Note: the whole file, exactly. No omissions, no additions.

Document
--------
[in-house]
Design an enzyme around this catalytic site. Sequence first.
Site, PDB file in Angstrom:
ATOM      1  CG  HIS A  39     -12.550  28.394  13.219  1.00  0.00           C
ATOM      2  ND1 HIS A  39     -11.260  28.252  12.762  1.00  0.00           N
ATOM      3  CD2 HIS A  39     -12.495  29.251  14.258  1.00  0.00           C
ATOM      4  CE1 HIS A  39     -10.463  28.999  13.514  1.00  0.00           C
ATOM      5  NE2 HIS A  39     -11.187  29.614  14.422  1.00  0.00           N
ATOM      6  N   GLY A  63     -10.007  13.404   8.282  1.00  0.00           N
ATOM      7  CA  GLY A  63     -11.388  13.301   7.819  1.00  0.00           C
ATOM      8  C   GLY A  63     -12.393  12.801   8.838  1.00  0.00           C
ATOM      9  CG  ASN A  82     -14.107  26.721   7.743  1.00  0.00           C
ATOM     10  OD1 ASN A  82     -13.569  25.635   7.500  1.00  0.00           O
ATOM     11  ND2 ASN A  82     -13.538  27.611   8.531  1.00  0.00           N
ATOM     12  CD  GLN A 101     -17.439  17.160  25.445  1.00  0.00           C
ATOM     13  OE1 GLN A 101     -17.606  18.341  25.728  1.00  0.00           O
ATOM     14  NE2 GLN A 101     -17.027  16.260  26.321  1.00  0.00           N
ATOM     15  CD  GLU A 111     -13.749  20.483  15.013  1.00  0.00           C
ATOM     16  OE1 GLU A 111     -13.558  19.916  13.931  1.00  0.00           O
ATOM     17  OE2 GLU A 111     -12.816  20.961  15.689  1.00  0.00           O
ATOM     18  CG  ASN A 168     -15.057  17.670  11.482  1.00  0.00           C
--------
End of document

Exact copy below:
[in-house]
Design an enzyme around this catalytic site. Sequence first.
Site, PDB file in Angstrom:
ATOM      1  CG  HIS A  39     -12.550  28.394  13.219  1.00  0.00           C
ATOM      2  ND1 HIS A  39     -11.260  28.252  12.762  1.00  0.00           N
ATOM      3  CD2 HIS A  39     -12.495  29.251  14.258  1.00  0.00           C
ATOM      4  CE1 HIS A  39     -10.463  28.999  13.514  1.00  0.00           C
ATOM      5  NE2 HIS A  39     -11.187  29.614  14.422  1.00  0.00           N
ATOM      6  N   GLY A  63     -10.007  13.404   8.282  1.00  0.00           N
ATOM      7  CA  GLY A  63     -11.388  13.301   7.819  1.00  0.00           C
ATOM      8  C   GLY A  63     -12.393  12.801   8.838  1.00  0.00           C
ATOM      9  CG  ASN A  82     -14.107  26.721   7.743  1.00  0.00           C
ATOM     10  OD1 ASN A  82     -13.569  25.635   7.500  1.00  0.00           O
ATOM     11  ND2 ASN A  82     -13.538  27.611   8.531  1.00  0.00           N
ATOM     12  CD  GLN A 101     -17.439  17.160  25.445  1.00  0.00           C
ATOM     13  OE1 GLN A 101     -17.606  18.341  25.728  1.00  0.00           O
ATOM     14  NE2 GLN A 101     -17.027  16.260  26.321  1.00  0.00           N
ATOM     15  CD  GLU A 111     -13.749  20.483  15.013  1.00  0.00           C
ATOM     16  OE1 GLU A 111     -13.558  19.916  13.931  1.00  0.00           O
ATOM     17  OE2 GLU A 111     -12.816  20.961  15.689  1.00  0.00           O
ATOM     18  CG  ASN A 168     -15.057  17.670  11.482  1.00  0.00           C